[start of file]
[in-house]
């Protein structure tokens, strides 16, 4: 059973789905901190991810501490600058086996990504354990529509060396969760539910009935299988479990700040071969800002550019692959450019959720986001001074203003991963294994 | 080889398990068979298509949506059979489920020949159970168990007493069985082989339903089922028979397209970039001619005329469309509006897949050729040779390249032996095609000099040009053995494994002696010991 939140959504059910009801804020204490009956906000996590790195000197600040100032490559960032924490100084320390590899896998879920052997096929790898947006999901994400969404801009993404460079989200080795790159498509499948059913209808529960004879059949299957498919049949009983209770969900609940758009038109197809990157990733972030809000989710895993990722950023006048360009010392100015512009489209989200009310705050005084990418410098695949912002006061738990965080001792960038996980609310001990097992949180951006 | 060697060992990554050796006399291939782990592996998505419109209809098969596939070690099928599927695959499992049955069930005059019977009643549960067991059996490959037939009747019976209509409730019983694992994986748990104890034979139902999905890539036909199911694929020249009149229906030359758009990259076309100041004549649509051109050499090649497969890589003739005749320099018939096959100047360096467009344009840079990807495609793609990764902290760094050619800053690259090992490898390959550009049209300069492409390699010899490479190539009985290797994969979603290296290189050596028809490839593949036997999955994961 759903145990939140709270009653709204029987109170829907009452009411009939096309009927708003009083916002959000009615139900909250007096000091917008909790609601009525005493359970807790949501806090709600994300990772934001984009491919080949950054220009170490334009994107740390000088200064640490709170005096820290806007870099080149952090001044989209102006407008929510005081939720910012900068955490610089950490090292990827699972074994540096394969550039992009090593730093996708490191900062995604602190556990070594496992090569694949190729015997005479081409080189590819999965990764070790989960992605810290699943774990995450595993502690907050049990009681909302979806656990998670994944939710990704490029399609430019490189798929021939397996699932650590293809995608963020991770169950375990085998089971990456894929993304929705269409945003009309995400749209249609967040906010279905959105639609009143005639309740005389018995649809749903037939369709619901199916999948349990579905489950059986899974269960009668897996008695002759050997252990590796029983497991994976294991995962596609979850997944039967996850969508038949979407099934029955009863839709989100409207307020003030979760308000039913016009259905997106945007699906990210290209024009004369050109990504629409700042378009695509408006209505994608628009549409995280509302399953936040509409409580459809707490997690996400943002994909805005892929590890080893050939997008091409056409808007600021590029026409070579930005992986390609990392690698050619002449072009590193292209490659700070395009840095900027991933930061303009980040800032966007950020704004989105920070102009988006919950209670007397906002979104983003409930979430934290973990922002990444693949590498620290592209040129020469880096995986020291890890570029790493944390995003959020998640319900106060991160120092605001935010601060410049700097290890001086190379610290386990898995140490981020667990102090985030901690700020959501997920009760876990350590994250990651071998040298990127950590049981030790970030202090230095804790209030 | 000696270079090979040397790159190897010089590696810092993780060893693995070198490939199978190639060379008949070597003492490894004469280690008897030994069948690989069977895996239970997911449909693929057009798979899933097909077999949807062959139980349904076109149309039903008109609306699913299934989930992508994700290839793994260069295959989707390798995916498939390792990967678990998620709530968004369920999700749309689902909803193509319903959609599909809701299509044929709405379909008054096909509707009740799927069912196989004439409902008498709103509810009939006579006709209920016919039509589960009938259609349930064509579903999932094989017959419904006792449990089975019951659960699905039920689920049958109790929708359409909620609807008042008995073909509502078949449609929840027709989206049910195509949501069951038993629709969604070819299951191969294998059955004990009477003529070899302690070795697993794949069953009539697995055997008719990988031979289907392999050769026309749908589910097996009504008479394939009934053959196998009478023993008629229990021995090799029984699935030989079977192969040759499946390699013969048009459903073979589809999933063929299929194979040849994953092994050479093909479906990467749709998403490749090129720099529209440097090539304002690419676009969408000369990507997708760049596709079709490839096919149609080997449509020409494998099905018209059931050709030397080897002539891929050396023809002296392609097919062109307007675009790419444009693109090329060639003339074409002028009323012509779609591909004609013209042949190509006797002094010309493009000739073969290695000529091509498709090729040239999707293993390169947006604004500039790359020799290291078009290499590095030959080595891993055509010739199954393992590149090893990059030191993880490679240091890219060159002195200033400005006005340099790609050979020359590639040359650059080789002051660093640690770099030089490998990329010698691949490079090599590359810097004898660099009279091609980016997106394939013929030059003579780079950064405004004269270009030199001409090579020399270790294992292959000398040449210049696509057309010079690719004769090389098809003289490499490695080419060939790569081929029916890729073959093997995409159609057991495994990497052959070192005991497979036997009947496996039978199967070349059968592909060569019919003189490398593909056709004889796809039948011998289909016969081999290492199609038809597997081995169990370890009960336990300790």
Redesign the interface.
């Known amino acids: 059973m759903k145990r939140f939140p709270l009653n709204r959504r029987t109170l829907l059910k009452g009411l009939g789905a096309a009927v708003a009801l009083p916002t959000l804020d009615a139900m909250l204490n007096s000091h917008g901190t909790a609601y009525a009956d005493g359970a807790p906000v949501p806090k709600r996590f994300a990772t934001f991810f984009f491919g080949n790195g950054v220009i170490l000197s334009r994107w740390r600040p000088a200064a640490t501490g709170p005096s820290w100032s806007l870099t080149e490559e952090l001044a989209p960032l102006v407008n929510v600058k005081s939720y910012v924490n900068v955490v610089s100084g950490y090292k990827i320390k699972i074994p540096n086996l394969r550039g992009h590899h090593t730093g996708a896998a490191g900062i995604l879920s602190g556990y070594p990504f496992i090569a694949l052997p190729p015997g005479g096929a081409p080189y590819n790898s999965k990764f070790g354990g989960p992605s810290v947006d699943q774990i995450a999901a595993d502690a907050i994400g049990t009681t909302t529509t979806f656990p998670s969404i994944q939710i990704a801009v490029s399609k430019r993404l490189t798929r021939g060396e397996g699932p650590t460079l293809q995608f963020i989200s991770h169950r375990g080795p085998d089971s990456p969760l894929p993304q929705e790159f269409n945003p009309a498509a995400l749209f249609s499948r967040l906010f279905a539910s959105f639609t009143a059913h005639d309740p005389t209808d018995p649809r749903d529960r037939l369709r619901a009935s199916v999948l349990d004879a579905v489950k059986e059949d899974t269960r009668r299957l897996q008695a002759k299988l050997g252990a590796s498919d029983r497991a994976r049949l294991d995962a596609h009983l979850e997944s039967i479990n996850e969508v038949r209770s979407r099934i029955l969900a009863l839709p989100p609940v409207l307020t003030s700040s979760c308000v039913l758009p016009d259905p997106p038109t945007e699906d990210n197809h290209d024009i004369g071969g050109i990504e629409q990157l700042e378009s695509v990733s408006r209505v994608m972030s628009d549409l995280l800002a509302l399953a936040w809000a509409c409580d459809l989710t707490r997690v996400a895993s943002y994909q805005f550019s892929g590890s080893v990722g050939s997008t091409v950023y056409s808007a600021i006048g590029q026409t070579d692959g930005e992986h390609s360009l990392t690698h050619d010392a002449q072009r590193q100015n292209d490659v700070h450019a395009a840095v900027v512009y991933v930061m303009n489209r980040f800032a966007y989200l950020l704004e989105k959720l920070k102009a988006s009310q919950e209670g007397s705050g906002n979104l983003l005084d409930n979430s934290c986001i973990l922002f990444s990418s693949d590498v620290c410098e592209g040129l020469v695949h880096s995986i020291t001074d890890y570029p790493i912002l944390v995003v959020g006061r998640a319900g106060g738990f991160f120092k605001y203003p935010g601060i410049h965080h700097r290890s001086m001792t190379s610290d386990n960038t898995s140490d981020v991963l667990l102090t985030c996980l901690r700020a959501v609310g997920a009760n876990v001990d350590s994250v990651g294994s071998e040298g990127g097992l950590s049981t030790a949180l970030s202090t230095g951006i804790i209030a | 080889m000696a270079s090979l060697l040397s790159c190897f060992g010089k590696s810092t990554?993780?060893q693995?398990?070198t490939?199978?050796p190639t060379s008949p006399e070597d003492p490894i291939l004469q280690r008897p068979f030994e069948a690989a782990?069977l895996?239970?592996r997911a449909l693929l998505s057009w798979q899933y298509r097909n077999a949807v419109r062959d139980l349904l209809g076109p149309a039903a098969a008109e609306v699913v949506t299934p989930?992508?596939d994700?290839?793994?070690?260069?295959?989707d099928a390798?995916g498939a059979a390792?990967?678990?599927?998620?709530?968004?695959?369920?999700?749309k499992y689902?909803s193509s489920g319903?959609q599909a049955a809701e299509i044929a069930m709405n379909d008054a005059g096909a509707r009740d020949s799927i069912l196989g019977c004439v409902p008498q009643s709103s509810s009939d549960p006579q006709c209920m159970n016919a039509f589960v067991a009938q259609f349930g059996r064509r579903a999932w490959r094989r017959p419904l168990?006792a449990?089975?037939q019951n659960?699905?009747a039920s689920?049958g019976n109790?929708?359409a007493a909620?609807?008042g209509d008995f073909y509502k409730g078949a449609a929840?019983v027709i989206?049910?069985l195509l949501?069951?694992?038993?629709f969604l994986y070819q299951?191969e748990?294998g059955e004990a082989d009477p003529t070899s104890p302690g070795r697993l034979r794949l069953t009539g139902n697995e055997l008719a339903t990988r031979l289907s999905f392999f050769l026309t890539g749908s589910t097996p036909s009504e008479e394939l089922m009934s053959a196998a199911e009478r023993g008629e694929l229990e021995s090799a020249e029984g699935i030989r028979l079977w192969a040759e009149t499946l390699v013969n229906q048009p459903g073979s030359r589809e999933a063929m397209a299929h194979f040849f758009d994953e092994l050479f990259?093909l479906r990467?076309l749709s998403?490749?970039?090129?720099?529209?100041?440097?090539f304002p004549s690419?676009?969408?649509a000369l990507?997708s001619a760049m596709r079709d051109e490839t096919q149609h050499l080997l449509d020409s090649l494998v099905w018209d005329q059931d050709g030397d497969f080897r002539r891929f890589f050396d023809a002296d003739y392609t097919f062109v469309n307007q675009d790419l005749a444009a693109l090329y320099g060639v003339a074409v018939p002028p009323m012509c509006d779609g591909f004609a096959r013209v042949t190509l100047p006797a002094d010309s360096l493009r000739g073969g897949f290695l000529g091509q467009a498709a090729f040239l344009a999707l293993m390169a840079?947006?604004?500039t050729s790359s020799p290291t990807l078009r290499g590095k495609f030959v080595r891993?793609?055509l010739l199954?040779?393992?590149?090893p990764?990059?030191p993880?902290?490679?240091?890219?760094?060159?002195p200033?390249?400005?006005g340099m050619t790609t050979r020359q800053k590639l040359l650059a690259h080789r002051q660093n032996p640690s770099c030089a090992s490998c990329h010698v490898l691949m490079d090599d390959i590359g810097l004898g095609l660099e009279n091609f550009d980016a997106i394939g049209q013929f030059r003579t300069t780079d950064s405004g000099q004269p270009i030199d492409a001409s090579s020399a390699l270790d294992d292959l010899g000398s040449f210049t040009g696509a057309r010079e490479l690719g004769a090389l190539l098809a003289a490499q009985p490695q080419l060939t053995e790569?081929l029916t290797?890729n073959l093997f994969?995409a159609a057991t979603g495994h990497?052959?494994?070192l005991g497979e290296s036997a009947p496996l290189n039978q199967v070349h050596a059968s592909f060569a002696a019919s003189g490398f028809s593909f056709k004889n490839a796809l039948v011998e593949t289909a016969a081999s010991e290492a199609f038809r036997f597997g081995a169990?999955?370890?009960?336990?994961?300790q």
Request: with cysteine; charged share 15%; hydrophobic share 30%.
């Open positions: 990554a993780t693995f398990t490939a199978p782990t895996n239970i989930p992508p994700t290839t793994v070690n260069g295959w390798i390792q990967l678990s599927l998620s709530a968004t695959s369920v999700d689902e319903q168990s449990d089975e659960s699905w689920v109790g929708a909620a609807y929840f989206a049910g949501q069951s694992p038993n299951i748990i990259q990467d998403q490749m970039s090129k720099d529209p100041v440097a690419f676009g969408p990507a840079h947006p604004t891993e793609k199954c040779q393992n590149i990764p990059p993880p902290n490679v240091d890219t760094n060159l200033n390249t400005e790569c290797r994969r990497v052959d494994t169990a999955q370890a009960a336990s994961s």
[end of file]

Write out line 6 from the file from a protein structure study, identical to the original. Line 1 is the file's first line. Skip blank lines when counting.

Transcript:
């Open positions: 990554a993780t693995f398990t490939a199978p782990t895996n239970i989930p992508p994700t290839t793994v070690n260069g295959w390798i390792q990967l678990s599927l998620s709530a968004t695959s369920v999700d689902e319903q168990s449990d089975e659960s699905w689920v109790g929708a909620a609807y929840f989206a049910g949501q069951s694992p038993n299951i748990i990259q990467d998403q490749m970039s090129k720099d529209p100041v440097a690419f676009g969408p990507a840079h947006p604004t891993e793609k199954c040779q393992n590149i990764p990059p993880p902290n490679v240091d890219t760094n060159l200033n390249t400005e790569c290797r994969r990497v052959d494994t169990a999955q370890a009960a336990s994961s």